Economists and others have used the term “late capitalism” to signify both a coming socialist revolution and, conversely, the idea of the modern market economy’s excesses as having become permanently entrenched. More recently, critics have invoked it in reference to something closer to so-called “woke capitalism,” to highlight the emerging tendency of brands to embrace social-justice missions in their marketing. Does the expression actually mean anything?

Rachel Connolly, the London-based writer who flagged the late-capitalism phenomenon in the practice of cultural criticism, argues that the expression is part of a broader pattern of arts and lifestyle critics gesturing at structural analyses they don’t ultimately deliver. Connolly says that, like other invocations of “systemic” forces, the concept of late capitalism can add an aura of urgency and seriousness to critics’ work, but without illuminating the cultural phenomena—whether movies or moisturizers—they’re supposedly reviewing. Rather than asking that critics become activists, she suggests that they embrace a form of culture writing that isn’t pretending to be anything else.

Phoebe Maltz Bovy: Is “late capitalism” something related to claims by corporations that buying their products will save the world?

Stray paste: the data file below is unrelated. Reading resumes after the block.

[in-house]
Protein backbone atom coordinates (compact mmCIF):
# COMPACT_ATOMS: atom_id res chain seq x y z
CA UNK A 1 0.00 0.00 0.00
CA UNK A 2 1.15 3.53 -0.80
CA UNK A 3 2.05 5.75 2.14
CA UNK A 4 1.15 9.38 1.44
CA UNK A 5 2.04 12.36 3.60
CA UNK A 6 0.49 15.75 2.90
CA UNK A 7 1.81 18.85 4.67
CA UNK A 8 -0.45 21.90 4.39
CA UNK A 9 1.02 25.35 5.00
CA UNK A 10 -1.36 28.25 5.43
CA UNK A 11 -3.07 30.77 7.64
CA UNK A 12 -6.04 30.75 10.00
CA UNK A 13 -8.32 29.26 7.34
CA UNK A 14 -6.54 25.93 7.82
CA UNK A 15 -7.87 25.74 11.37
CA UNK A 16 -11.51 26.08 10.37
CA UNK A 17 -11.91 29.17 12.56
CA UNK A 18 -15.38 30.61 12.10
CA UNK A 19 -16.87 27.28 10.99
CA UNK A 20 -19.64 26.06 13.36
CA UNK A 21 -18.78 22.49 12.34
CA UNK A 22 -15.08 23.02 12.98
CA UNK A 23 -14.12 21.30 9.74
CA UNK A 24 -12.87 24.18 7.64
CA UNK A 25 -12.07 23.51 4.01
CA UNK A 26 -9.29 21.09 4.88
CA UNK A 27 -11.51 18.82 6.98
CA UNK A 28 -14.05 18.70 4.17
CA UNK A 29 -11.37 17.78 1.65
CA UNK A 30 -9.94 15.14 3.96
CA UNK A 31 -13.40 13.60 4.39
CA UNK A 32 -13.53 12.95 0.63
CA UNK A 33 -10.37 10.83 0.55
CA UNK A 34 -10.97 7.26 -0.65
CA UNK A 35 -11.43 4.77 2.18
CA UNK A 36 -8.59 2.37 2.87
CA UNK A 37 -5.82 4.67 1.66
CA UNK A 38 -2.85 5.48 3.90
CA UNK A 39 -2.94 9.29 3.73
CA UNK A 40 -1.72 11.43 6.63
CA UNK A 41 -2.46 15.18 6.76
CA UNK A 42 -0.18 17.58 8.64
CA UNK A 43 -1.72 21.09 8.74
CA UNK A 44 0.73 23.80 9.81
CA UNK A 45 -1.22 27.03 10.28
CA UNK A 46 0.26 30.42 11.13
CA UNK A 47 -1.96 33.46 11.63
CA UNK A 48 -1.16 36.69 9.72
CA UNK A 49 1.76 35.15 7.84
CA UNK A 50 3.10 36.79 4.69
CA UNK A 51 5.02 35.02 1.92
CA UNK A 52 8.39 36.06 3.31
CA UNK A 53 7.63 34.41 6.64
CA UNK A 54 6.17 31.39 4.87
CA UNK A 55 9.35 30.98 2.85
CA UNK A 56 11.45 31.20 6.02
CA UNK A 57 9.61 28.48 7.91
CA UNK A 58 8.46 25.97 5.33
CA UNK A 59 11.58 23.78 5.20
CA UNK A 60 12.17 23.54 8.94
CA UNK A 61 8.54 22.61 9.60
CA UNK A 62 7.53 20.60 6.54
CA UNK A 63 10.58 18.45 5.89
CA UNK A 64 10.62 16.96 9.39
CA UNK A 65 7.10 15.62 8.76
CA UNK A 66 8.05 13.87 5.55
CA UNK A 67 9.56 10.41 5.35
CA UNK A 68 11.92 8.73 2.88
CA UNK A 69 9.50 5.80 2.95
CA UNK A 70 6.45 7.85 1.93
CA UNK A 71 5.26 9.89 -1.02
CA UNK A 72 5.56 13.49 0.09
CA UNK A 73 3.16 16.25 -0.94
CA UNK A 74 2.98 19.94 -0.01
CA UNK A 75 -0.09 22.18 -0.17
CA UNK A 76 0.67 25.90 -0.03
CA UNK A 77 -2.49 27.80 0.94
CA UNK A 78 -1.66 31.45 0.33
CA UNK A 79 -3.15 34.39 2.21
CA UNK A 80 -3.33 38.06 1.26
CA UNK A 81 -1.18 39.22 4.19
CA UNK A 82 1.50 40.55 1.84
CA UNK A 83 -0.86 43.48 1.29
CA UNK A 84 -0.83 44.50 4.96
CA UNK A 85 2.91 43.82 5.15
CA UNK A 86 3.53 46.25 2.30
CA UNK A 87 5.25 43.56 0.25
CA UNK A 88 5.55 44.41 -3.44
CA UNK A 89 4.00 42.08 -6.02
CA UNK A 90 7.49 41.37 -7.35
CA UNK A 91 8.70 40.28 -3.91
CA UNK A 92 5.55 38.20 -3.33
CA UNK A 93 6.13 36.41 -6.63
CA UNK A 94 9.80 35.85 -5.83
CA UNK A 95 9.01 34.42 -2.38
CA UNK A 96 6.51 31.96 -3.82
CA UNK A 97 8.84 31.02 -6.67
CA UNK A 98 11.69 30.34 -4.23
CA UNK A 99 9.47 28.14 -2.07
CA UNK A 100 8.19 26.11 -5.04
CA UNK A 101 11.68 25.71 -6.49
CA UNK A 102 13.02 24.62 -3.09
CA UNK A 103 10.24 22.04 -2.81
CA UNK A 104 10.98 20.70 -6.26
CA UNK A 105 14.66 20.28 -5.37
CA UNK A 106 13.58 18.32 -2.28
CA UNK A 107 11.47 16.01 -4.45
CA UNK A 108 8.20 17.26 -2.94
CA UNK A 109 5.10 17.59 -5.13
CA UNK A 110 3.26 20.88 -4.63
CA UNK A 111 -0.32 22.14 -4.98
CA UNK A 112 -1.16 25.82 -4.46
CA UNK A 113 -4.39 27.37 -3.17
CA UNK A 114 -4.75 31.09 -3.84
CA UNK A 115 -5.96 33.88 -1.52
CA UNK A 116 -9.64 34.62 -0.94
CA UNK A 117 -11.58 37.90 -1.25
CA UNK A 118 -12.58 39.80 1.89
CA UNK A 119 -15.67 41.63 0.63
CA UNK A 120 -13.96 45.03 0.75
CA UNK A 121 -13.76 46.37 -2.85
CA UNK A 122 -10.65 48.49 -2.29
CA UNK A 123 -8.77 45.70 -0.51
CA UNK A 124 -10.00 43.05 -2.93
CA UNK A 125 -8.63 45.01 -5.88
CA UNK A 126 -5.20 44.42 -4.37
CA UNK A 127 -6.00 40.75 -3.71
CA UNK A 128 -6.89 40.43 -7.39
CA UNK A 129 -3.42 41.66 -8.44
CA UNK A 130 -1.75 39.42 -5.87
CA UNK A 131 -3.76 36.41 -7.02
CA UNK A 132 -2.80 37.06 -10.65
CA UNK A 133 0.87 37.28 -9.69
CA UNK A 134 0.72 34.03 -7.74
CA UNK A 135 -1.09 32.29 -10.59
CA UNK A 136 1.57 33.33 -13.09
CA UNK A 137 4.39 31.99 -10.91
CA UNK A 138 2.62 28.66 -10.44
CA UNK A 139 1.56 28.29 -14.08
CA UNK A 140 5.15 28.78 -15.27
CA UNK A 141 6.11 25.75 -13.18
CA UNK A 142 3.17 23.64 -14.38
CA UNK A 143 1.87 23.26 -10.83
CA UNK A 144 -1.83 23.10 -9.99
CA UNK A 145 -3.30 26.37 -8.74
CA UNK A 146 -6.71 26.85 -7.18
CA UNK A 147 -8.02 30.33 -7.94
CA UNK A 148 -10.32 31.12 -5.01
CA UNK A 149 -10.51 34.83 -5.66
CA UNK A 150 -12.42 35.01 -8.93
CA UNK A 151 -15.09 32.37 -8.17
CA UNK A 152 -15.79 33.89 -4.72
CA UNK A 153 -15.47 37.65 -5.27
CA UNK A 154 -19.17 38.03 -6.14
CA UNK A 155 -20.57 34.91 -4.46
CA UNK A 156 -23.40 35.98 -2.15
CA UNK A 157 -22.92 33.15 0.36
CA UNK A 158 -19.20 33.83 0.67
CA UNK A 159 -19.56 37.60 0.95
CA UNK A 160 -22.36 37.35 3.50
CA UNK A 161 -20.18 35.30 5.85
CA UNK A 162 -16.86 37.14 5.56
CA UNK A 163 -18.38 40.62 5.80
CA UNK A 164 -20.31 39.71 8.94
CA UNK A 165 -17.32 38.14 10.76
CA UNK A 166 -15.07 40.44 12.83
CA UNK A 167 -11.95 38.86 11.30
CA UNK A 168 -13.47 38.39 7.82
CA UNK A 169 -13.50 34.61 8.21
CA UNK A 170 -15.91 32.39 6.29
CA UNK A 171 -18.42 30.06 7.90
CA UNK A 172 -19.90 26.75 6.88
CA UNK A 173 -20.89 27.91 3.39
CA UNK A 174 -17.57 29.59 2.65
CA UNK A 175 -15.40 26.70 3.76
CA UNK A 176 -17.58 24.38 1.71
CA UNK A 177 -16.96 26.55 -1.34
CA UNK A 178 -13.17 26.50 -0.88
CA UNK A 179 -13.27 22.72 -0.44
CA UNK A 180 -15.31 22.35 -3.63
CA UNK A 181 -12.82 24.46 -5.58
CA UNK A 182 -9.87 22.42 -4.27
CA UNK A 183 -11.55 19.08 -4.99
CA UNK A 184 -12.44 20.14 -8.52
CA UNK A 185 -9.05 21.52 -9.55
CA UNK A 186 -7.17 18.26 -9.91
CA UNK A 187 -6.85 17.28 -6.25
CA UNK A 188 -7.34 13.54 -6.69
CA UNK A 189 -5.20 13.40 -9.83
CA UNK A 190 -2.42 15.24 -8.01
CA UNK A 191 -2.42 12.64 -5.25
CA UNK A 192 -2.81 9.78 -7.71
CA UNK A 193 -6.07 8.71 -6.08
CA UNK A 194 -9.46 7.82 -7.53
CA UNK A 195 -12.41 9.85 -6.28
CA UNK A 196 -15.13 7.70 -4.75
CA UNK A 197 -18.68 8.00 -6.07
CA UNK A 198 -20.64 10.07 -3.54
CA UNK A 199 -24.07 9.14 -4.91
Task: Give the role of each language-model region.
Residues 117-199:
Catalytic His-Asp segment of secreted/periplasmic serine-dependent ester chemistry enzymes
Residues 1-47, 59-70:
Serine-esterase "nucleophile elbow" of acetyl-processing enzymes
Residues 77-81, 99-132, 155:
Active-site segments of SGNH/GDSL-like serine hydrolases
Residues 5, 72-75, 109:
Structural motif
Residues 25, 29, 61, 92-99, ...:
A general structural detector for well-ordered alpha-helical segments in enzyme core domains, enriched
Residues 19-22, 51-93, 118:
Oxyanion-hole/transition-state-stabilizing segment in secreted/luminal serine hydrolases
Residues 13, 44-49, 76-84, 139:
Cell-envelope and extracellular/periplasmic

Rachel Connolly: It’s not a term used by companies. It’s used a lot in a specific type of writing, which is aiming to read as quite academized, maybe to read as a political and wide-ranging cultural criticism. There is a trend for doing cultural criticism about something writers had noticed within their own social spheres. It might be an advert they were getting a lot on Instagram. It could be brands. It could be a habit. But basically, instead of talking about this brand, and its significance to this person in their friend group, which is I think what they actually meant, they talked about this brand and its significance in the context of “late capitalism.” It’s a way of taking something that relates to a particular milieu, and projecting it to have this wider significance it does not have.

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